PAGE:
BROOKWOOD MILITARY CEMETERY
Owned by the Commonwealth War Graves Commission (CWGC), Brookwood Military Cemetery is the largest war cemetery in the UK. It is located right next to the Brookwood Cemetery, the largest cemetery in Western Europe and between them they cover 250 acres of land dedicated to the burial and remembrance of the dead. In the heart of leafy Surrey just south-west of London, a visit makes for a fascinating yet sobering day out.
Brookwood Military Cemetery was opened in 1917, using surplus land from Brookwood Cemetery, known at the time as the London Necropolis. The CWGC had only started in May 1917, and this was their first UK cemetery. The Commission had a policy of not repatriating the bodies of those who had fallen overseas, but they still needed somewhere for those who had served and yet died in the UK - many died of war wounds once they were back, during training, in accidents, or for any number of reasons. The remit was that anyone who had served in World War I, from 1914 - 1921 would be entitled to a military grave, as would anyone who served between 1939 - 1948 in World War II.
Visiting Brookwood Military Cemetery
The cemetery is open every day and you can either just show up and wander around, or take one of the guided tours run by the CWGC. These are free and are the best way to get a real understanding of what you are looking at, the history of the site and the stories behind some of the gravestones.
We joined a tour being run in honour of International Women's Day, focusing on the women who are buried within Brookwood. It was a bitterly cold day in early March, with a grey sky, incessant drizzle and a biting breeze, but our tour guide met us full of enthusiasm and gave us a fascinating tour around the site.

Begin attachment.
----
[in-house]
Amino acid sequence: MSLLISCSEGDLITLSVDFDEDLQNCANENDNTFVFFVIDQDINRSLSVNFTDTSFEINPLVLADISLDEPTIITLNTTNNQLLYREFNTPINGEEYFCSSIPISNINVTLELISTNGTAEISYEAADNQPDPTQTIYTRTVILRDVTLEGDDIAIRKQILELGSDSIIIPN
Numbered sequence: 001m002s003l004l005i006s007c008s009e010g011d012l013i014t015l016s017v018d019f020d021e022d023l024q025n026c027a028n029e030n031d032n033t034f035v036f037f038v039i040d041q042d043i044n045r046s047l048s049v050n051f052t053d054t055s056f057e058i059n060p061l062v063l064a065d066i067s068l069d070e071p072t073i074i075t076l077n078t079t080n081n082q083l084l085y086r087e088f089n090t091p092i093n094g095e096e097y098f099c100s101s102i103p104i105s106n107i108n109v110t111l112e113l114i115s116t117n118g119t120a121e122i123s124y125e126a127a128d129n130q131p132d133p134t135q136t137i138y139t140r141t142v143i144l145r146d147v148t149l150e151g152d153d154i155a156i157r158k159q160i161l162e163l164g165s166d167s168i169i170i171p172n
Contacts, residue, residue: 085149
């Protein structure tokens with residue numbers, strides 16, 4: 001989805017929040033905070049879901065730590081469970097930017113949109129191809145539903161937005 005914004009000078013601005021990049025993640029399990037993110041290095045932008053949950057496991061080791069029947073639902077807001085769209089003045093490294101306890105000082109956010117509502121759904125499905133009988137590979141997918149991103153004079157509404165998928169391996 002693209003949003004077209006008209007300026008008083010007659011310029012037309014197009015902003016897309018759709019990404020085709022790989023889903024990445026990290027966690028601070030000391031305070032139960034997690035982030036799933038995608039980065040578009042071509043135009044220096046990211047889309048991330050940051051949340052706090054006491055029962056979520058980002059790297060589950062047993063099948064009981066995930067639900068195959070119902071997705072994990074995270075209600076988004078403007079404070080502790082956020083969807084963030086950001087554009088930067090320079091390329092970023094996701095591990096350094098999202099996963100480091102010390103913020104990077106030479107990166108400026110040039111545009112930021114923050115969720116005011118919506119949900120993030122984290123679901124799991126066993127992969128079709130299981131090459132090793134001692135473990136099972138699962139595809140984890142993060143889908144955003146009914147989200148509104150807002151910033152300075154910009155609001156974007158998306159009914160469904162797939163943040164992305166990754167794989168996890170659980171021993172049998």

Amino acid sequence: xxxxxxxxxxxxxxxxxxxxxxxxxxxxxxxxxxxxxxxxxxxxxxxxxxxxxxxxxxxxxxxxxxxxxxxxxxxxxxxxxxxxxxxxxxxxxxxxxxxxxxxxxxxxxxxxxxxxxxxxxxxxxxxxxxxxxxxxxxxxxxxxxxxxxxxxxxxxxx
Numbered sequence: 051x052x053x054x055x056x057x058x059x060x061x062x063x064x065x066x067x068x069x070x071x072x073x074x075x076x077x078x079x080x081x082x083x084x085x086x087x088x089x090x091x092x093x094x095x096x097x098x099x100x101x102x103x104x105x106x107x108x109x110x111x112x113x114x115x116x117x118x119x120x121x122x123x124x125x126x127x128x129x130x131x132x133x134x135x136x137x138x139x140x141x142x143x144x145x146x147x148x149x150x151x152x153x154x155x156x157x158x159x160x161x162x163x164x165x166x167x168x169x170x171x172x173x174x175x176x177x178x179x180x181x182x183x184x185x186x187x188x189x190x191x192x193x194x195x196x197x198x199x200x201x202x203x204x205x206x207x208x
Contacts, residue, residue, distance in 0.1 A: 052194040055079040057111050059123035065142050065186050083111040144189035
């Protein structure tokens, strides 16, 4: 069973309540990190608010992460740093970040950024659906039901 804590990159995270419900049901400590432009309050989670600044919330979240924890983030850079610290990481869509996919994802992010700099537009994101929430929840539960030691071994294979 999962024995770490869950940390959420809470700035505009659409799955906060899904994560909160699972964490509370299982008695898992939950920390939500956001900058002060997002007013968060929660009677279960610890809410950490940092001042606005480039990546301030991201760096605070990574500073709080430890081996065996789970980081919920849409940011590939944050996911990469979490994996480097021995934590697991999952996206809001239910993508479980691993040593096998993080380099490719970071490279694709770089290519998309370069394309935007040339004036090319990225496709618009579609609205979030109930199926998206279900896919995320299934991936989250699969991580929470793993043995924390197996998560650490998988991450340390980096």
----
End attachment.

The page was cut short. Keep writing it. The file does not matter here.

It is a beautiful place, like all CWGC cemeteries it is immaculately maintained. Surrounded by tall trees and with the standard row of planting just in front of the uniform graves, there is a serene, bucolic atmosphere to the place. Gardeners work full time to keep the place looking so good, and even in the depths of winter the grass was green, plants were budding and the winter planting was vibrant.
From the near distance just behind the tall pines came the constant crack of gunfire for our entire tour. I'd like to think it was just the Territorial Army training, but couldn't shake the feeling that our army is preparing for worse, as we are just one week in to the Russian invasion of Ukraine. Normally when I visit a war cemetery there is relief that that is all behind us, that these people gave their lives to enable us to live in peace. Now it feels much more immediate, that there may well be more gravestones joining the rows already there.
There are over 5,000 war graves from both World Wars from across the Commonwealth (Australia, Canada, India, New Zealand, South Africa and the UK) and over 800 from other nationalities - Belgian, Czechoslovakian, French, German, Italian, and Polish. There are also two memorials to those who have no grave - the 1914-1918 Memorial has the names of over 260 who died in the UK during the World War I but whose graves could not be found and the 1939-1945 Memorial commemorates over 3,400 who died at sea, in raids on occupied Europe, or while on service outside the main areas of war including special agents who died behind enemy lines.